The girl seemed to be wavering, doubt showing in the tiny creases on her forehead. Her eyes lost their focus briefly, before she quickly recovered herself. ‘Are you... looking for someone?’ she asked, not once taking her eyes off him.
Distracted, he reached out and picked up a stray bottle cap, rolling it between two fingers. ‘No’, he answered in a low voice, spinning the cap on the surface of the table. ‘I was wondering why you look so miserable.’
The girl stared back at him, clearly wondering if he was in possession of his sanity. ‘Excuse me?’ she challenged, changing her position suddenly. So suddenly in fact that her arm collided with her glass, knocking it straight over the edge of the table.
Drayvex moved with lightning fast reflexes, reaching down and plucking the glass from the air before it could fall and shatter. He produced the sloshing glass of liquid from under the table and placed it back on the surface. He slid the it across the table with a finger and watched as she moved to receive it.
‘I... Wow. That was quite something’ she mumbled, seeming dazed. She laughed once, a sound of disbelief, and looked down at her glass. ‘Thanks’ she said as she swirled its contents gently. Her laugh had a warmth to it. He found himself wondering how often she genuinely used it.
Drayvex leaned forward, letting the table take a portion of his weight. He picked up the cap once again and started to spin it on table surface as if nothing had happened. ‘Have you been stood up?’
‘Have I..’ she trailed off, and it was her turn to narrow her eyes. ‘No,’ she replied rather frostily, turning her head away a fraction. ‘I actually prefer my own company.’
As he watched her stare at a rather interesting patch of wall, it was obvious she thought she could lie to him. However, he didn’t find it too hard to believe that she preferred to be alone. This one didn’t seem to feel the need to surround herself unnecessarily. ‘I see,’ he responded softly, using his mind to spin the cap. Occasionally he used his fingers to keep it going, for the sake of the girl. ‘Well,’ he persisted, ‘there's something to be said for good company.’
‘Hey, Ruby!’ someone shouted from behind. Someone with an irritating voice.
Drayvex turned a fraction to see a tall, ginger mop bobbing over to their table.
‘Hey, I wasn’t expecting to see you here,’ he enthused. 'How are you?’
Ruby seemed to shrink into her seat somewhat and the grimace that flashed across her face in that moment was not something he missed. ‘Hey Gary’, she said, sounding resigned. ‘I’m great.’
The ginger boy smiled and stared at her unashamedly. ‘Wanna join us?’ he asked, pointing in the vague direction of a table of people. Drayvex watched as Ruby cringed and then smiled politely back. She seemed to flounder for a few seconds as the human named Gary stood waiting for her reply.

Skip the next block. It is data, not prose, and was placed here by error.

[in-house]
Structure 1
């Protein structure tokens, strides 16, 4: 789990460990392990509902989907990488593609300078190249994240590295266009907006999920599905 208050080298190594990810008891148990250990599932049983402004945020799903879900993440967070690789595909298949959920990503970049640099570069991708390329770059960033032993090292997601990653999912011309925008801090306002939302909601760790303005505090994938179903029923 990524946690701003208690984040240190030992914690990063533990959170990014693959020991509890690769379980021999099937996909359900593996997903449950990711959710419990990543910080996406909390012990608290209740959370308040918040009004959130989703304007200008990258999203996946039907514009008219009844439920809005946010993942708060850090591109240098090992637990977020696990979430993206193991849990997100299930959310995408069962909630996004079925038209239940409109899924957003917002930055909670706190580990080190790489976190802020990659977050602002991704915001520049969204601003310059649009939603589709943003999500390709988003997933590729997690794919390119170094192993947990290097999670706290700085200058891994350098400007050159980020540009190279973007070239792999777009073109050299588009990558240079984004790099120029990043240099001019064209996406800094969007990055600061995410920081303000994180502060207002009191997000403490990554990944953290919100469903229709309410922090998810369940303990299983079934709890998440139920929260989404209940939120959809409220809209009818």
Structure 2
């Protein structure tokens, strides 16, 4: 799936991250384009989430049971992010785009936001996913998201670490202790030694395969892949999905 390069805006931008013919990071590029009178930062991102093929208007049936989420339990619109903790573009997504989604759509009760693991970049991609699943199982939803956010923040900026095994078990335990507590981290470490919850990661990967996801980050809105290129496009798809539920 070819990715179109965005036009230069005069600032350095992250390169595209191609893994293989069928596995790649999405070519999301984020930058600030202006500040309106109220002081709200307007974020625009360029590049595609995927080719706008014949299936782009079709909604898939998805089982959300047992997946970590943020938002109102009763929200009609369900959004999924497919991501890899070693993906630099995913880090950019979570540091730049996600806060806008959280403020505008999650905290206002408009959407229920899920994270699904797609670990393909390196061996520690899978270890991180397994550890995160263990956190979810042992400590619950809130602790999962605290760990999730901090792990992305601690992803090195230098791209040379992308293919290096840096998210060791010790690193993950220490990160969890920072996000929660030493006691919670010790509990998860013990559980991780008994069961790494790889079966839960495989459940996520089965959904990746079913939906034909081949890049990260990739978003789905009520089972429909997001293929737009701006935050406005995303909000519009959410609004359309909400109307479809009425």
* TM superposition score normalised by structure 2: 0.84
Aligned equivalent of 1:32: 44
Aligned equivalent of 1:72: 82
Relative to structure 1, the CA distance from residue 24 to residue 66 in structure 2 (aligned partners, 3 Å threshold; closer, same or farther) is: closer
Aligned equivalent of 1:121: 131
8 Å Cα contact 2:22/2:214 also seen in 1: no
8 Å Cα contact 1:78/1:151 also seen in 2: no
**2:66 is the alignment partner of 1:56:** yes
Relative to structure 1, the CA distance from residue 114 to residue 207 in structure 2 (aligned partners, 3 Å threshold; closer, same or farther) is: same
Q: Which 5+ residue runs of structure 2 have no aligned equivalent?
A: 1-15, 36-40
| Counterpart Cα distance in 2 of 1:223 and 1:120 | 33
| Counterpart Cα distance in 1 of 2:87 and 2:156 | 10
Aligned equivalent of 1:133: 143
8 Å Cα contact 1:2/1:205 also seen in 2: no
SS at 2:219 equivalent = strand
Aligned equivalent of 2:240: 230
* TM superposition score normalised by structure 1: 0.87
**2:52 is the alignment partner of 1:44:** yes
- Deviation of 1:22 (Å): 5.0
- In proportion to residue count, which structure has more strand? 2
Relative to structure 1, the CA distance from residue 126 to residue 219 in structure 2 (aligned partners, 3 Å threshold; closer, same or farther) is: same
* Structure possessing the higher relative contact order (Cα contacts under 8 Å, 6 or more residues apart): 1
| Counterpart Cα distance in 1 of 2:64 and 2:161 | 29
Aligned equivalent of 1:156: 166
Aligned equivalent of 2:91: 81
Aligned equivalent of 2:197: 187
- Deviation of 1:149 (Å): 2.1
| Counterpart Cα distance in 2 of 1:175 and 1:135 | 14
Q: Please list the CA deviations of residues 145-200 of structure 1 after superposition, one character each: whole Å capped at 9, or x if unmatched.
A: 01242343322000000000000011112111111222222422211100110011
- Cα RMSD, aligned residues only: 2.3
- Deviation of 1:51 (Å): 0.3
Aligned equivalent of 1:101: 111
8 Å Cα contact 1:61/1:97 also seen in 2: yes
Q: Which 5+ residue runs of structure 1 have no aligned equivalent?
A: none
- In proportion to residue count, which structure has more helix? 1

‘Actually’ she replied after a pause, her green eyes settling on him from across the table. They seemed to be pleading with him and Drayvex thought that if her eyes could speak, they’d probably have a hefty speech prepared. ‘I’m kind of already with someone', she finished, taking the plunge. 'Sorry.’
Gary's eyes grew wide, as though he’d just been slapped. I’d be happy to oblige, Drayvex thought, irritated, but I won’t stop there. Gary seemed to notice him sitting at the table for the first time since arriving, gawking as though he’d just appeared out of thin air. Drayvex ignored the weed next to him and focused his attention on the girl. She continued to plead with her eyes. He rewarded her with a smirk. Okay, he thought to himself. I’ll bite.
‘Gary’, he drawled without looking over.
There was a brief pause before Gary spoke. ‘And who are you?’ he demanded rudely.
Drayvex smiled humourlessly. He stood and turned to fully face the boy, matching his height. ‘I’m busy,’ he replied in a bored voice, meeting his gaze directly. ‘In fact, we're both busy. Ruby and I have a lot to talk about.’ He continued, allowing his voice to become cold and unfriendly. ‘Or -’. Drayvex moved his face close to Gary's ear. ‘We may not talk at all’. He winked for added effect and watched Gary change from pale to flame red within seconds.
‘I see,’ Gary snapped. He threw one last glance Ruby’s way, before skulking off back towards his table.
Drayvex smirked, amused at how easily he’d been able to bait the boy. Humans really were stupid.